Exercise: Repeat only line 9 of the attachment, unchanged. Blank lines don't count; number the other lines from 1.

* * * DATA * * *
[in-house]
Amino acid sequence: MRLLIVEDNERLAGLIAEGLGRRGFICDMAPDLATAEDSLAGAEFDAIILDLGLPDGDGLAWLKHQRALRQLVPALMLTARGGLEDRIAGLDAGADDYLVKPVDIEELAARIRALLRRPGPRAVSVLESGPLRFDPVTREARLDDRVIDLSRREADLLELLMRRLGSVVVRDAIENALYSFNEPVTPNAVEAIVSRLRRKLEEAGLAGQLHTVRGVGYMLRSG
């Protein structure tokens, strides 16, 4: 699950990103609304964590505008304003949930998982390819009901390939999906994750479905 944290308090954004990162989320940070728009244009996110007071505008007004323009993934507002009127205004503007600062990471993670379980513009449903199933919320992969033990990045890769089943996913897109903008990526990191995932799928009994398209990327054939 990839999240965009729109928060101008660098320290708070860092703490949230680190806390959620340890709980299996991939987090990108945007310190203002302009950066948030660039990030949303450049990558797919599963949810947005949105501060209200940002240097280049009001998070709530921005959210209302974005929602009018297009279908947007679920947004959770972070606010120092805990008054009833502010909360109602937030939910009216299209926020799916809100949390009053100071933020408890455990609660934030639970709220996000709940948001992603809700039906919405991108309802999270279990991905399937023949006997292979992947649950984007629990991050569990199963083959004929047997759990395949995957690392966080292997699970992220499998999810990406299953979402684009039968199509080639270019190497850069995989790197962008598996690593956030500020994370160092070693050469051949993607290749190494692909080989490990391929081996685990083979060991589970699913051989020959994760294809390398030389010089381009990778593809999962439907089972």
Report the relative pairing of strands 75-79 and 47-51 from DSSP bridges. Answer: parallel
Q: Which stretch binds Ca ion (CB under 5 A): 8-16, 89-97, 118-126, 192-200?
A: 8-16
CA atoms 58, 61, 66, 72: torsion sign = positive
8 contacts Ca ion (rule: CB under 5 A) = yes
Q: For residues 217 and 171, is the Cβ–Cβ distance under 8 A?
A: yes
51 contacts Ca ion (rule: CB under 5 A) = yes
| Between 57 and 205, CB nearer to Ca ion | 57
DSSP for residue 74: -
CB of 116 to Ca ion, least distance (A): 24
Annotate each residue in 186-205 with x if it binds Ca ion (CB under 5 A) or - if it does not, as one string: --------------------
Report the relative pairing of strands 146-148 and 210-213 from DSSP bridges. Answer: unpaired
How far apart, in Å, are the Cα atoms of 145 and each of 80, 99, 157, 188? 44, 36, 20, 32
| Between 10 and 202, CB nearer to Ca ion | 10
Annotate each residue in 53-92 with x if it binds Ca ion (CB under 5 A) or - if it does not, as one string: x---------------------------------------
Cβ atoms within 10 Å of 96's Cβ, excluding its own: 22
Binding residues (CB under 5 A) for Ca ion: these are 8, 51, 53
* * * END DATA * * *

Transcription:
Q: For residues 217 and 171, is the Cβ–Cβ distance under 8 A?